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Jorge Eduardo Eielson eros / ions
translated by David Shook

eros    /    ions
      /      ions
        /        ions


above lips eyes closed/
innumerable lament respiration/
of a caged animal between teeth/
firmament of soiled sheets/
with semen with clay with urine/


/thighs open below
/snap of pink members foam
/and hair temperature and saliva endless
/and grass trampled beside a lake
/of reddish flowers that ache


the four fingers inside open/
a lamp’s light falls/
the ear the hair the tongue/
tenderly beating licking/
and dying of happiness before the fruit/


/their feathers the asshole closes its door
/your face on my face your sex on my sex
/hot rose between my cold lips
/in the shadow the enormous apple
/I adore


cigarette sunday summer/
and if I don’t die it’s because/
my hand strokes your buttocks of stone/
knowing that for my wet lips/
the only nude round moon/
is you


/over the sand they mix
/while I kiss you defenseless
/and my hand strokes your buttocks of stone
/in the mirror your eyes reflect
/the distant moon


the pink creature at the gray edge/
that bursts over you between the spurs/
of cow-boys of furious shootouts/
beneath the sheet swollen/
your savage hips slip beneath/
my desolate heart


/orgasm of the buttonless pants
/in the first row of shadows
/between my wet hands
/by your nudity breathing
/before decisively penetrating

Jorge Eduardo Eielson (1924 - 2006) was born in Lima, Peru. As a high school student he was taught by renowned novelist, poet, and anthropologist José María Arguedas, who influenced his interest in the Pre-Columbian precedents of conceptual art. In 1945, at age 21, Eielson won Peru’s National Poetry Prize, before moving to Italy, where he met his life partner Michele Mulas, in 1951. In addition to his 20-plus books as a poet, essayist, and novelist, Eielson was a highly lauded painter and sculptor. In the late 1950s, he began to texturize his works on canvas with organic materials such as earth, sand, and clay. This eventually led to his depiction of human forms using textiles, and in 1963 he began work on what would become his first quipu, reinventing this ancient Andean form with fabrics in brilliant colors, knotted and tied on canvas. In the late '70s, he moved to Milan, where he would spend the rest of his life writing, studying Zen, and producing his art, which was exhibited around the world.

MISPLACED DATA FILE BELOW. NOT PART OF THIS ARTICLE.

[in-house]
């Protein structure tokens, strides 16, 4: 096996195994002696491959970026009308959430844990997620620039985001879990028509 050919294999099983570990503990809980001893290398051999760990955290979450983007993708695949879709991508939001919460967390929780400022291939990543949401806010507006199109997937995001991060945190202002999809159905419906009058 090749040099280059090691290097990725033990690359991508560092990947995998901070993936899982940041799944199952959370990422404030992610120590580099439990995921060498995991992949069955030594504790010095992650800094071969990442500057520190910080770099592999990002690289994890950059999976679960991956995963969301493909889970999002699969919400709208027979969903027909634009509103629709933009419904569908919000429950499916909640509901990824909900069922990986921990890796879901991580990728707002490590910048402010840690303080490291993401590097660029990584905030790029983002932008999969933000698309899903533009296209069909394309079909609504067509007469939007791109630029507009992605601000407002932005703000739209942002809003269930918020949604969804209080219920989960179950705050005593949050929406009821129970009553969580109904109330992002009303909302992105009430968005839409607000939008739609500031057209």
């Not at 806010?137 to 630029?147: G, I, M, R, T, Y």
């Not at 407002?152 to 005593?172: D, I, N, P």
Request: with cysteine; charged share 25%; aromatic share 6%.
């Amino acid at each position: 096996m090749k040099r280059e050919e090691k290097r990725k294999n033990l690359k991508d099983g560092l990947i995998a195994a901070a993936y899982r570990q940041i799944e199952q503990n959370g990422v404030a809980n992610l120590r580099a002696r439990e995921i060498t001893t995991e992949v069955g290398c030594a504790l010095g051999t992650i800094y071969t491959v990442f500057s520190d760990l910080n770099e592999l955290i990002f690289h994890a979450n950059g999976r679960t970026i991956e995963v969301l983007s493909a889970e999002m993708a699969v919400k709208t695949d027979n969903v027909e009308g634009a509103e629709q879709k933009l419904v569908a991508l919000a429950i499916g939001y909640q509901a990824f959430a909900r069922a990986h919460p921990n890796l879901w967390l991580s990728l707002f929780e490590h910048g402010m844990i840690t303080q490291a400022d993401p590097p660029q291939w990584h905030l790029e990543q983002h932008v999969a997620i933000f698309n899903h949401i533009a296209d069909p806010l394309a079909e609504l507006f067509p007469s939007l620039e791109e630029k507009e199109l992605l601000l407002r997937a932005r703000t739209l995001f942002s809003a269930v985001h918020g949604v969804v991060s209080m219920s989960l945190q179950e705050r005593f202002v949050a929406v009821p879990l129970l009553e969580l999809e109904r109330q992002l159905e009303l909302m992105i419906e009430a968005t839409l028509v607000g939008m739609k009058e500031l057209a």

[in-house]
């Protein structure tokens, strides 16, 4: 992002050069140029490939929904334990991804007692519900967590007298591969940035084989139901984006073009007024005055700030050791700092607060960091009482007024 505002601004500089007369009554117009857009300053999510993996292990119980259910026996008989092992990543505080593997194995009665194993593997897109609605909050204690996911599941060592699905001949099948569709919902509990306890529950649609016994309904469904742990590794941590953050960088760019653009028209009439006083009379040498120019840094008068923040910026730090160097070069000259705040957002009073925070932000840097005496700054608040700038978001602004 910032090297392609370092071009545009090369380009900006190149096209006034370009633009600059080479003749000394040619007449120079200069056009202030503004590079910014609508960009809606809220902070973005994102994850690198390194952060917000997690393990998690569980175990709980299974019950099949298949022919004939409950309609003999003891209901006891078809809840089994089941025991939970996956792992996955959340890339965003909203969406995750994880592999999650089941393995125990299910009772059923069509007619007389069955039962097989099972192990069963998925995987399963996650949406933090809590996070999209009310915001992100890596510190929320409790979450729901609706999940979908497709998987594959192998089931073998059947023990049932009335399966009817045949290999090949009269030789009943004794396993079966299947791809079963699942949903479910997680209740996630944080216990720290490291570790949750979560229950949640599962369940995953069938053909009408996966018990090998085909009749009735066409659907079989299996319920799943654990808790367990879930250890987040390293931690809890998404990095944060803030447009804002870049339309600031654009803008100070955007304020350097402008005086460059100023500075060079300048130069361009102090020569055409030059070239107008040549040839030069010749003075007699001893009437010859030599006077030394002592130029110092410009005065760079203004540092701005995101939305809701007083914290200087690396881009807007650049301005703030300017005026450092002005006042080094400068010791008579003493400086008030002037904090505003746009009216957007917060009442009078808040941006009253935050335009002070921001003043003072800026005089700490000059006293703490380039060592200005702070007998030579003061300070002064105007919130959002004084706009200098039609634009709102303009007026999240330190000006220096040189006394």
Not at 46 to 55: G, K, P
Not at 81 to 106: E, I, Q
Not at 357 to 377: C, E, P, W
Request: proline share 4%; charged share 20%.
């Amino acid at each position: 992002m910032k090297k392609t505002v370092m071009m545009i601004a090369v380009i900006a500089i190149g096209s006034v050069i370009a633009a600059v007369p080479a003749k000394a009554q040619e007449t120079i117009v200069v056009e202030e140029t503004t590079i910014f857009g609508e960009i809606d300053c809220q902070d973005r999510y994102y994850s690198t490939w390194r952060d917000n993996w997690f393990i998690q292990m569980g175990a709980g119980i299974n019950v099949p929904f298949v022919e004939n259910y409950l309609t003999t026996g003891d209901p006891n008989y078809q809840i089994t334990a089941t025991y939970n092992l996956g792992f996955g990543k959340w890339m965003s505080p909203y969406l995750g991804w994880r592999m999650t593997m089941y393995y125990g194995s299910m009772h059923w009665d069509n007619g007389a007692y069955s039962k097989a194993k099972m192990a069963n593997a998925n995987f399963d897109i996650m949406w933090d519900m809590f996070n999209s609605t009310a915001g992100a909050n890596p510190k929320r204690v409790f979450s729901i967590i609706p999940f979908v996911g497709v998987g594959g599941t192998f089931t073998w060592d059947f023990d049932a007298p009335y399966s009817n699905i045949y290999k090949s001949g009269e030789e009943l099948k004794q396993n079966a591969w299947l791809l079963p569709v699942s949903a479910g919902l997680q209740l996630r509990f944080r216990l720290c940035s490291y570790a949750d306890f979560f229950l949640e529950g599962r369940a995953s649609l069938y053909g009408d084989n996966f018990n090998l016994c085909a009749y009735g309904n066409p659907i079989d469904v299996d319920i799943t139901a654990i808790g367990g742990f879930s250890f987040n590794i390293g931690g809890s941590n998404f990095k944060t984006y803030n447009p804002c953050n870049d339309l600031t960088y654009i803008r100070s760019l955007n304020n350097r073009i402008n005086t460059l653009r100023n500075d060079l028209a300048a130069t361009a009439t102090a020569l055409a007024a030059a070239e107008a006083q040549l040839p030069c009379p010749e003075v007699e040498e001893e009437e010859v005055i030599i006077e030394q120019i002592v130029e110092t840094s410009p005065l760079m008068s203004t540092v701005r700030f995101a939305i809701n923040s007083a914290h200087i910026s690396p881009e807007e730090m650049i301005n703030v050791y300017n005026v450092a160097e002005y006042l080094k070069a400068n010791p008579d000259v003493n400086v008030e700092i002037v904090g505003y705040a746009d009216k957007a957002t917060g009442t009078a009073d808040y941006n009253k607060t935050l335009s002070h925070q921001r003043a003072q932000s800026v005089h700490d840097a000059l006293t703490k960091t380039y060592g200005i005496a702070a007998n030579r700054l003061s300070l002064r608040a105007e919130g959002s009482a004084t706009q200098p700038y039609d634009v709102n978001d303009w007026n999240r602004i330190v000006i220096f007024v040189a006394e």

David Shook's translation of Eielson's Room in Rome (Cardboard House Press) was a finalist for both the 2020 National Translation Award and the 2020 PEN Award for Poetry in Translation, and made World Literature Today's list of most important translations of 2019. Other forthcoming translations include Mario Bellatin's Beauty Salon and Farhad Pirbal's Refugee 33,333 (with Pshtewan Kamal Babakir). In addition to their work as a translator, they serve as editor of Phoneme, an imprint of Deep Vellum focused on poetry in translation, and write poetry and essays.
Originally published in 1958.
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